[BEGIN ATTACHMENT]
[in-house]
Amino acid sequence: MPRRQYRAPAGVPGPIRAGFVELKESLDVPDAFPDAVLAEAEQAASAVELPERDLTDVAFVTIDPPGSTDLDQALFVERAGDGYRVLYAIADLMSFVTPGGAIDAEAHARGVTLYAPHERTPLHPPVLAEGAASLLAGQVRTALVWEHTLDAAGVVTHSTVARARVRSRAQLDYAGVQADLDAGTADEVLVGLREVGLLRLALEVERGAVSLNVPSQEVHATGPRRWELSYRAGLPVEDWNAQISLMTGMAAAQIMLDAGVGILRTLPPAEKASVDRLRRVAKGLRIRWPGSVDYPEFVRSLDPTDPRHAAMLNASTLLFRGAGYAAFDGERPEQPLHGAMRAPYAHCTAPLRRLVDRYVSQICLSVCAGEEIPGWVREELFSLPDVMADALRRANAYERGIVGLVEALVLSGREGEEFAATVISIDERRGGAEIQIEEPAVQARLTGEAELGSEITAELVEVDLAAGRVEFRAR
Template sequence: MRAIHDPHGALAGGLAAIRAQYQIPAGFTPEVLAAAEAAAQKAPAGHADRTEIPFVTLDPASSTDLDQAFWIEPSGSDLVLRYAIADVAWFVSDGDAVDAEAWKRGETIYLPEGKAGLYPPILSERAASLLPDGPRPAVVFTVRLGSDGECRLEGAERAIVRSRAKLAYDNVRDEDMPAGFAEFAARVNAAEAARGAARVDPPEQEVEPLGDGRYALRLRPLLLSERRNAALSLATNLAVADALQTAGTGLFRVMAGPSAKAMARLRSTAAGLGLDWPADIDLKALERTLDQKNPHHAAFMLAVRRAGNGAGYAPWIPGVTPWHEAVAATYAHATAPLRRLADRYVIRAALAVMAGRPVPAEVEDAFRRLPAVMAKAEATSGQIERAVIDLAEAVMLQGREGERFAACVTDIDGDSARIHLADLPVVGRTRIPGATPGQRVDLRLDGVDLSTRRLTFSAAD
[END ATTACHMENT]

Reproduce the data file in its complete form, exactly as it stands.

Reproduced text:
[in-house]
Amino acid sequence: MPRRQYRAPAGVPGPIRAGFVELKESLDVPDAFPDAVLAEAEQAASAVELPERDLTDVAFVTIDPPGSTDLDQALFVERAGDGYRVLYAIADLMSFVTPGGAIDAEAHARGVTLYAPHERTPLHPPVLAEGAASLLAGQVRTALVWEHTLDAAGVVTHSTVARARVRSRAQLDYAGVQADLDAGTADEVLVGLREVGLLRLALEVERGAVSLNVPSQEVHATGPRRWELSYRAGLPVEDWNAQISLMTGMAAAQIMLDAGVGILRTLPPAEKASVDRLRRVAKGLRIRWPGSVDYPEFVRSLDPTDPRHAAMLNASTLLFRGAGYAAFDGERPEQPLHGAMRAPYAHCTAPLRRLVDRYVSQICLSVCAGEEIPGWVREELFSLPDVMADALRRANAYERGIVGLVEALVLSGREGEEFAATVISIDERRGGAEIQIEEPAVQARLTGEAELGSEITAELVEVDLAAGRVEFRAR
Template sequence: MRAIHDPHGALAGGLAAIRAQYQIPAGFTPEVLAAAEAAAQKAPAGHADRTEIPFVTLDPASSTDLDQAFWIEPSGSDLVLRYAIADVAWFVSDGDAVDAEAWKRGETIYLPEGKAGLYPPILSERAASLLPDGPRPAVVFTVRLGSDGECRLEGAERAIVRSRAKLAYDNVRDEDMPAGFAEFAARVNAAEAARGAARVDPPEQEVEPLGDGRYALRLRPLLLSERRNAALSLATNLAVADALQTAGTGLFRVMAGPSAKAMARLRSTAAGLGLDWPADIDLKALERTLDQKNPHHAAFMLAVRRAGNGAGYAPWIPGVTPWHEAVAATYAHATAPLRRLADRYVIRAALAVMAGRPVPAEVEDAFRRLPAVMAKAEATSGQIERAVIDLAEAVMLQGREGERFAACVTDIDGDSARIHLADLPVVGRTRIPGATPGQRVDLRLDGVDLSTRRLTFSAAD